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Welcome to this edition of the ‘Coach Doc’. I’m Dr. Wade Gilbert, coach education advisor to Human Kinetics.
There’s no escaping it, the losing will come. In life they say only two things are guaranteed – death and taxes. If you coach, you can add a third guarantee – your athletes will lose, and some of those losses will be heartbreaking. And that’s not always a bad thing.
Tens of millions of sport fans witnessed just such a loss for the University of Kentucky men’s basketball team when Wisconsin beat them in this year’s NCAA Tournament Final Four. The loss was Kentucky’s first in 39 games, and left the team just 2 wins shy of an unprecedented 40-0 season and a national championship. Two days later, Wisconsin suffered their own heartbreak loss in the tournament final.
Following both games, under a blanket of media attention, it was clear that players on the losing teams were devastated, with one Kentucky player going so far as to proclaim that “the season was a waste” because of the one loss.
These moments provide coaches with an opportunity to reflect on how they define success and how they prepare their athletes to cope with the inevitable failures encountered along the journey.
All great coaches and athletes want to win; they strive to compete and fully invest themselves in the endless preparation needed to put oneself in a position to win. A focus on embracing and learning from the quest to win – not the win itself – is a hallmark of the most successful and highly regarded coaches. Take the examples of Augie Garrido in college baseball and Mike Krzyzewski in college basketball, both 5-time national champions. Yet, each has lost nearly 40 national championships, including many tough losses in the final games.
In his often-cited definition of success legendary coach John Wooden believed that a focus on the things within your control, such as your preparation and your effort, were the real measures of success. Success is defined not as the number of championships won, but the peace of mind that comes from knowing you did your best.
How do you know if you did your best? For coach Krzyzewski it is evident when athletes play with enthusiasm. For coach Garrido it is evident when athletes are willing to risk losing. History shows us that the best coaches teach their athletes to define success as preparation, enthusiasm, and playing without fear of failure. This approach works because it empowers and liberates athletes, allowing them to focus on the things within their control and play uninhibited.
Despite a coach’s best effort to create environments that focus on preparation, enthusiasm, and playing without fear, setbacks are inevitable. Coaches should be proactive and prepare for how they will help their athletes and teams handle the failures when they come. In the moments immediately following the loss, athletes need emotional support. This is not the time to try to review ‘what went wrong’ or engage in a lengthy debriefing session about the game. This is the time for emotional healing and support; tough losses sting.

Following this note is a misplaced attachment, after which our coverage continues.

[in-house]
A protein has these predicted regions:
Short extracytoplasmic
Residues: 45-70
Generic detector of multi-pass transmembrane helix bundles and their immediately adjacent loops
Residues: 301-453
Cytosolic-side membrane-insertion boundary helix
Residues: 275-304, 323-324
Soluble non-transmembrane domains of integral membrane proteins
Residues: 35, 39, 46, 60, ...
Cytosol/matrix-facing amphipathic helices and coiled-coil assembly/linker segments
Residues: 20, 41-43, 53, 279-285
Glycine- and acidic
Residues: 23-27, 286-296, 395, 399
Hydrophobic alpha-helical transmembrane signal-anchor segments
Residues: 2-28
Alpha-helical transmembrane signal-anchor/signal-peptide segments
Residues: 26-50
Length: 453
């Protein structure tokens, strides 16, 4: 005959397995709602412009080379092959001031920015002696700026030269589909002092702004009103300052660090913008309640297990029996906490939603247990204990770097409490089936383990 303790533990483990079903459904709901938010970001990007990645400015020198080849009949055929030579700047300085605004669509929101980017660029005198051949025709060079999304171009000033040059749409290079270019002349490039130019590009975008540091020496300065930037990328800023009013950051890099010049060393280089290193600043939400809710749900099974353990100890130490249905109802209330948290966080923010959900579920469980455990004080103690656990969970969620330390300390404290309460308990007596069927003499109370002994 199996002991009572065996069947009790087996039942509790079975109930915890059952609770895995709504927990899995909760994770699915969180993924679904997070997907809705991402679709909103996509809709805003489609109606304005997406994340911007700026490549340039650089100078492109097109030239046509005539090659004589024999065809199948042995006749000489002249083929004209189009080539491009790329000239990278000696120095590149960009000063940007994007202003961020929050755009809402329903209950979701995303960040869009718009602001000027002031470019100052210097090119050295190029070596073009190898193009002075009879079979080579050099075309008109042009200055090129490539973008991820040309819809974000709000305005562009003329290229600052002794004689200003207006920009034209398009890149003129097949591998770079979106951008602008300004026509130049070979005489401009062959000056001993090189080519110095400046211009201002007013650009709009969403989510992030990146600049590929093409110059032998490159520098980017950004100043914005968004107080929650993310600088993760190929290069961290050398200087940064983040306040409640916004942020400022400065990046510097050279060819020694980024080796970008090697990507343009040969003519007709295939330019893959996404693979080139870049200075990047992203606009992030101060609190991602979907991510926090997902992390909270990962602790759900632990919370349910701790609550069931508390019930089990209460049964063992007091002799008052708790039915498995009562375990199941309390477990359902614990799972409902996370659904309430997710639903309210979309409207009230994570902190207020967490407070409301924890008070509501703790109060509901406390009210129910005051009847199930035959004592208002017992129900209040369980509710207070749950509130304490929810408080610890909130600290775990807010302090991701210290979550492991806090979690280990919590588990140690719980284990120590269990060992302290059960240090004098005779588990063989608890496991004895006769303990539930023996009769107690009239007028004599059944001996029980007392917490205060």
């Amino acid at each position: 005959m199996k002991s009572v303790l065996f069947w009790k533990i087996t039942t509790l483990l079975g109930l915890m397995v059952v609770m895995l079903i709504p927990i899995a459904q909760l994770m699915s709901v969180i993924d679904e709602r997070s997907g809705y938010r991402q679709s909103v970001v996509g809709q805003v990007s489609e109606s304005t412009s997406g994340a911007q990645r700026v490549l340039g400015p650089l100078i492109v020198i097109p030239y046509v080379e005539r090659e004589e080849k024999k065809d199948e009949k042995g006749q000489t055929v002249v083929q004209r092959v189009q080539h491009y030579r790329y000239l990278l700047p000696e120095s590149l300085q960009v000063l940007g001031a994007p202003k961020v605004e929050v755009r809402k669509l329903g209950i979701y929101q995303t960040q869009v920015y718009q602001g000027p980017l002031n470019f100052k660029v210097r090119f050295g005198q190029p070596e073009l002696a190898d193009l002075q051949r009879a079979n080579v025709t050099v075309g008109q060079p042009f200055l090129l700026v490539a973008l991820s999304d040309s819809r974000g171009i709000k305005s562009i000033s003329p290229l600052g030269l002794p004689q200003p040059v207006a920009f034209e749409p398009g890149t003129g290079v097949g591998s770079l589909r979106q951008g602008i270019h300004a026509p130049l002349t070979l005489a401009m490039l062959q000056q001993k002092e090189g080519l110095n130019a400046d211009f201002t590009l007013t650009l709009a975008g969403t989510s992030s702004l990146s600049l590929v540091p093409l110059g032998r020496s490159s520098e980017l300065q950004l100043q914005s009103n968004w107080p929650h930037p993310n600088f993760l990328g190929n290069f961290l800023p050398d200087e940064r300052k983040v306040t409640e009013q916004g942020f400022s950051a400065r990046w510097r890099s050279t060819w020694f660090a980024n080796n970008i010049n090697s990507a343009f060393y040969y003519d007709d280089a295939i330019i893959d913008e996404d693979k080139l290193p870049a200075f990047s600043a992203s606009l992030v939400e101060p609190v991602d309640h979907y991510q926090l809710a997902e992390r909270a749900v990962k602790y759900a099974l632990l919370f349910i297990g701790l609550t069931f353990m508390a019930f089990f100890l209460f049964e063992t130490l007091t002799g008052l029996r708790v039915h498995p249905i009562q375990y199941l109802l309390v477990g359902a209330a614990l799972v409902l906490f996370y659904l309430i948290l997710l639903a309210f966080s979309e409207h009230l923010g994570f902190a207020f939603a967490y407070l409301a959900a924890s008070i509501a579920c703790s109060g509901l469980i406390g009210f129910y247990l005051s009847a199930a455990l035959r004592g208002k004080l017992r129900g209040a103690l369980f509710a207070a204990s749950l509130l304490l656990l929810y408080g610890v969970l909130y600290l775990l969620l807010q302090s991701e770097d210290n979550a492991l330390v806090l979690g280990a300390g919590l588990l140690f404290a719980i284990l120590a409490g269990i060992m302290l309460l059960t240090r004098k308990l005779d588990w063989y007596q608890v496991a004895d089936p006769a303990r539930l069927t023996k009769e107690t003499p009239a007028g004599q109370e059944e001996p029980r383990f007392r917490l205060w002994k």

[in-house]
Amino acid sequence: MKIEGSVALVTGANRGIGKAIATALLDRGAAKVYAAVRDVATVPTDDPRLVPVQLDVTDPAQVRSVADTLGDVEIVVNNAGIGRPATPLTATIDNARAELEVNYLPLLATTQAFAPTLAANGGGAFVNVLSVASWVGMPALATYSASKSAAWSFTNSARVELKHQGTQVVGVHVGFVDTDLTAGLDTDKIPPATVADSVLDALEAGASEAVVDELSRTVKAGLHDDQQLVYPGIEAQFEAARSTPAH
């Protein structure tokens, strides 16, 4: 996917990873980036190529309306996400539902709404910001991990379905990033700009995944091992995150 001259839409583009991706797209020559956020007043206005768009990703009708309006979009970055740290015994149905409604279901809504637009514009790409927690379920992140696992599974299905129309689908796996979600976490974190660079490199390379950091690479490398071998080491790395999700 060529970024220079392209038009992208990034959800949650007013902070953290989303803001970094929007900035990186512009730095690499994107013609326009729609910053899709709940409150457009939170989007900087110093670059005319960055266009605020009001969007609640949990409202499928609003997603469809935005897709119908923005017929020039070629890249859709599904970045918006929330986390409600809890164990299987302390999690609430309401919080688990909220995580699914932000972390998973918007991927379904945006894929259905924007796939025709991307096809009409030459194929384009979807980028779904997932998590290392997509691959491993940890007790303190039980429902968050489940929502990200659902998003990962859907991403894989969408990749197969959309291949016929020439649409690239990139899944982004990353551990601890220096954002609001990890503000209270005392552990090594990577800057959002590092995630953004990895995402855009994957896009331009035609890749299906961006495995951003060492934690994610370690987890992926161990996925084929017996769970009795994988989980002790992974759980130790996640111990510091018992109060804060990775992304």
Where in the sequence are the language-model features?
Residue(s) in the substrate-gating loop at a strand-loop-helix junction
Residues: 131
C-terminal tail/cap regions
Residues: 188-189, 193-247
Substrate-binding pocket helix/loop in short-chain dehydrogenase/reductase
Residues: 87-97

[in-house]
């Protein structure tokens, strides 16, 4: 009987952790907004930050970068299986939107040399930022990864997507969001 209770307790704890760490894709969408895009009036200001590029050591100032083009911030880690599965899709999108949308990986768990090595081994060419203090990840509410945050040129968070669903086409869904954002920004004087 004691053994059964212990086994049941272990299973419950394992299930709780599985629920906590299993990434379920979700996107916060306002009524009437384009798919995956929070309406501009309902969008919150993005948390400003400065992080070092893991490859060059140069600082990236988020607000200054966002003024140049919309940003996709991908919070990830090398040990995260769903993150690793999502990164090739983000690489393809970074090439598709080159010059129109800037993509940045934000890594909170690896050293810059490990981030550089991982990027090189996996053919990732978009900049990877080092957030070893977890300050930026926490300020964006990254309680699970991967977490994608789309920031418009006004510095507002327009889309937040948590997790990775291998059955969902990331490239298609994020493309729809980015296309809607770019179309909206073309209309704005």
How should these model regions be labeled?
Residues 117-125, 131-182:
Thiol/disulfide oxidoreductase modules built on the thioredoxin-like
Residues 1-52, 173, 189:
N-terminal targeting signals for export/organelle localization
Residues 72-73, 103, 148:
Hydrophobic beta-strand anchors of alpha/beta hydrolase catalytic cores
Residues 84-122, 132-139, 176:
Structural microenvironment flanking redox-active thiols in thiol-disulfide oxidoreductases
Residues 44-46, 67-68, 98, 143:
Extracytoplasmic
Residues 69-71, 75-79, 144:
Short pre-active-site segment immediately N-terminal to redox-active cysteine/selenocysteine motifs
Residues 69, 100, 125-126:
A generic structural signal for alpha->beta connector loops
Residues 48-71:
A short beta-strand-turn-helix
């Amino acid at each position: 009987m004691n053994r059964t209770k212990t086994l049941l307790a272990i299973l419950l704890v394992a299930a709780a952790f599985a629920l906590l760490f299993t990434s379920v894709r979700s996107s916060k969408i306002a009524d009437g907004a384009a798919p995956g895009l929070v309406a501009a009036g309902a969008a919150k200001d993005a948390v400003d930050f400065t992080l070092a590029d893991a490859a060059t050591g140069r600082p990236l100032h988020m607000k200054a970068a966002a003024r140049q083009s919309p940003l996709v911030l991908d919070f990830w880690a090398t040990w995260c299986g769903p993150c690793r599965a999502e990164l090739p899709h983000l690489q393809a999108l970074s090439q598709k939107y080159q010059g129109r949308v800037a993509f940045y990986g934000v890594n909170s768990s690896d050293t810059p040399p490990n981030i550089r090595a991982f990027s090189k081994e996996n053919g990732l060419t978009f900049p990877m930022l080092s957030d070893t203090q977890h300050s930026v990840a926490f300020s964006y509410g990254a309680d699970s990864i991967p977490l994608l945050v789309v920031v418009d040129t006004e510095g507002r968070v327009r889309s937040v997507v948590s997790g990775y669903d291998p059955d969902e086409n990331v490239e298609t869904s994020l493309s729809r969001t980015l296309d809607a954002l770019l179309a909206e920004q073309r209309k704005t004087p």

The best coaches acknowledge the hurt and let the athletes process their emotions. This should be done in a private setting such as a locker room – this is sacred time and space reserved for the coach and athletes. Coaches should use the time before leaving the locker room or boarding the bus to let athletes vent emotions, and then leave them with a positive uplifting message. This could include sharing a list of strengths noticed in the competition and reminding them about the many positive moments achieved through the journey.
The time for analyzing and fixing the errors will come later in the time leading up to the next practice. Coach Garrido’s ‘formula for dealing with failure’ provides a good template for all coaches, regardless of sport or competition level, on how to regroup and prepare for the next opportunity to succeed. The formula includes six steps:
1. Acknowledge the failure.
2. Analyze what went wrong.
3. Consider your successful recoveries from past failures and setbacks.
4. Make the adjustments you need to make based on what you learned.
5. Keep adjusting until it works.
6. Focus on doing your best in each and every moment.
Great coaches, and their athletes, are competitive by nature; they all dream of winning championships. The harsh reality though is that few will ever achieve the pinnacle of their sport. The key to success and a long and fulfilling career as a coach is to teach athletes to focus on their preparation, approach every practice and game with enthusiasm, and play without fear of losing. The best way to build a team of athletes who embody these championship characteristics is to model them yourself as a coach.
Gilbert, W., Nater, S., Siwik, M., & Gallimore, R. (2010). The Pyramid of Teaching Success in Sport: Lessons learned from applied science and effective coaches. Journal of Sport Psychology in Action, 1, 86-94.
Hamilton, B. (2015, April 5). Sports Illustrated. Loose and can’t lose: Wisconsin upsets Kentucky to reach title game. Retrieved from http://www.si.com/college-basketball/2015/04/05/wisconsin-badgers-upset-kentucky-wildcats-final-four
Jacobs, B. (2004). The message of Mike Krzyzewski: Coach K’s little blue book: Lessons from college basketball’s best coach. Toronto: Sports Media.
Pells, E. (2015, April 5). One and done: Wisconsin ends Kentucky’s undefeated run. Associated Press. Retrieved from http://hosted.ap.org/dynamic/stories/B/BKC_FINAL_FOUR_WISCONSIN_KENTUCKY?SITE=AP&SECTION=HOME&TEMPLATE=DEFAULT
Wooden, J., & Jamison, S. (1997). Wooden: A lifetime of observations and reflections on and off the court. Chicago: Contemporary. [see part II: Success, achievement, competition]